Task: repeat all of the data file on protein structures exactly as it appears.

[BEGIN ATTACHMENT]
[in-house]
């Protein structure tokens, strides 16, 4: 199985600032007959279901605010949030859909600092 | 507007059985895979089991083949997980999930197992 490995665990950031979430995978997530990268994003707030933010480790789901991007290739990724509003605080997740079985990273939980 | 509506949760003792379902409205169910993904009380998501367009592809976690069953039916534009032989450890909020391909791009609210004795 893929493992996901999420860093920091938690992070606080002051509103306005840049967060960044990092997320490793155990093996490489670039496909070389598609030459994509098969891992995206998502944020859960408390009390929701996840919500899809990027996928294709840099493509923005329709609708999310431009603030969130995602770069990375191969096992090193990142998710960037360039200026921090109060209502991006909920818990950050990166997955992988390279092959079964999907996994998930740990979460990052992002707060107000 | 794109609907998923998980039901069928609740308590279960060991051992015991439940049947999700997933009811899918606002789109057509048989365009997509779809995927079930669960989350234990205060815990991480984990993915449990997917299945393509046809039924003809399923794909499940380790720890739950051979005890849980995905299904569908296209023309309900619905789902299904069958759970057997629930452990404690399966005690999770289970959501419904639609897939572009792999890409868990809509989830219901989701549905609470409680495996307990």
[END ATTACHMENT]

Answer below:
[in-house]
């Protein structure tokens, strides 16, 4: 199985600032007959279901605010949030859909600092 | 507007059985895979089991083949997980999930197992 490995665990950031979430995978997530990268994003707030933010480790789901991007290739990724509003605080997740079985990273939980 | 509506949760003792379902409205169910993904009380998501367009592809976690069953039916534009032989450890909020391909791009609210004795 893929493992996901999420860093920091938690992070606080002051509103306005840049967060960044990092997320490793155990093996490489670039496909070389598609030459994509098969891992995206998502944020859960408390009390929701996840919500899809990027996928294709840099493509923005329709609708999310431009603030969130995602770069990375191969096992090193990142998710960037360039200026921090109060209502991006909920818990950050990166997955992988390279092959079964999907996994998930740990979460990052992002707060107000 | 794109609907998923998980039901069928609740308590279960060991051992015991439940049947999700997933009811899918606002789109057509048989365009997509779809995927079930669960989350234990205060815990991480984990993915449990997917299945393509046809039924003809399923794909499940380790720890739950051979005890849980995905299904569908296209023309309900619905789902299904069958759970057997629930452990404690399966005690999770289970959501419904639609897939572009792999890409868990809509989830219901989701549905609470409680495996307990």